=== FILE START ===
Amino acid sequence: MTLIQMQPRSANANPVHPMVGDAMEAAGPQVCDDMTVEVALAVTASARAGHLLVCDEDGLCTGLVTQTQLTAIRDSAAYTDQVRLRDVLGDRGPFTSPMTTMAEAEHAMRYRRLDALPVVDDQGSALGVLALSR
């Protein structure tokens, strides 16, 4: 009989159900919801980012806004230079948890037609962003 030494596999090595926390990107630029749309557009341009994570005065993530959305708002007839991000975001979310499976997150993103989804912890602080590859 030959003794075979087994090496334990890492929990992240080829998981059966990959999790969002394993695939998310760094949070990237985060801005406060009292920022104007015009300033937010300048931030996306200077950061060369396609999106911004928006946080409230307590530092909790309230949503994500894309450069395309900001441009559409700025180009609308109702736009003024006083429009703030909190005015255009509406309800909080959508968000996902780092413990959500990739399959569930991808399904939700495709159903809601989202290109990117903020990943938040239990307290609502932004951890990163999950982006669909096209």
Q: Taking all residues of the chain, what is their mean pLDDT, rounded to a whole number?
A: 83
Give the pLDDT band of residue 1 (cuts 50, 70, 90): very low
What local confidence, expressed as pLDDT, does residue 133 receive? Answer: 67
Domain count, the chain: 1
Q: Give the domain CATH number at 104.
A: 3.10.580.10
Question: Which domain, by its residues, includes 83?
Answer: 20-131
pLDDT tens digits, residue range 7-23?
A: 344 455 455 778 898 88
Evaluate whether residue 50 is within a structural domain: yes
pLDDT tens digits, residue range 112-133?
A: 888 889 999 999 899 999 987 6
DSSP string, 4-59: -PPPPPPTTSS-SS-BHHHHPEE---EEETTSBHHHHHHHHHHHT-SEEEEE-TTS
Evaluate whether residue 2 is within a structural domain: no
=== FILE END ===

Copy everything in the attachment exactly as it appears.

Amino acid sequence: MTLIQMQPRSANANPVHPMVGDAMEAAGPQVCDDMTVEVALAVTASARAGHLLVCDEDGLCTGLVTQTQLTAIRDSAAYTDQVRLRDVLGDRGPFTSPMTTMAEAEHAMRYRRLDALPVVDDQGSALGVLALSR
């Protein structure tokens, strides 16, 4: 009989159900919801980012806004230079948890037609962003 030494596999090595926390990107630029749309557009341009994570005065993530959305708002007839991000975001979310499976997150993103989804912890602080590859 030959003794075979087994090496334990890492929990992240080829998981059966990959999790969002394993695939998310760094949070990237985060801005406060009292920022104007015009300033937010300048931030996306200077950061060369396609999106911004928006946080409230307590530092909790309230949503994500894309450069395309900001441009559409700025180009609308109702736009003024006083429009703030909190005015255009509406309800909080959508968000996902780092413990959500990739399959569930991808399904939700495709159903809601989202290109990117903020990943938040239990307290609502932004951890990163999950982006669909096209």
Q: Taking all residues of the chain, what is their mean pLDDT, rounded to a whole number?
A: 83
Give the pLDDT band of residue 1 (cuts 50, 70, 90): very low
What local confidence, expressed as pLDDT, does residue 133 receive? Answer: 67
Domain count, the chain: 1
Q: Give the domain CATH number at 104.
A: 3.10.580.10
Question: Which domain, by its residues, includes 83?
Answer: 20-131
pLDDT tens digits, residue range 7-23?
A: 344 455 455 778 898 88
Evaluate whether residue 50 is within a structural domain: yes
pLDDT tens digits, residue range 112-133?
A: 888 889 999 999 899 999 987 6
DSSP string, 4-59: -PPPPPPTTSS-SS-BHHHHPEE---EEETTSBHHHHHHHHHHHT-SEEEEE-TTS
Evaluate whether residue 2 is within a structural domain: no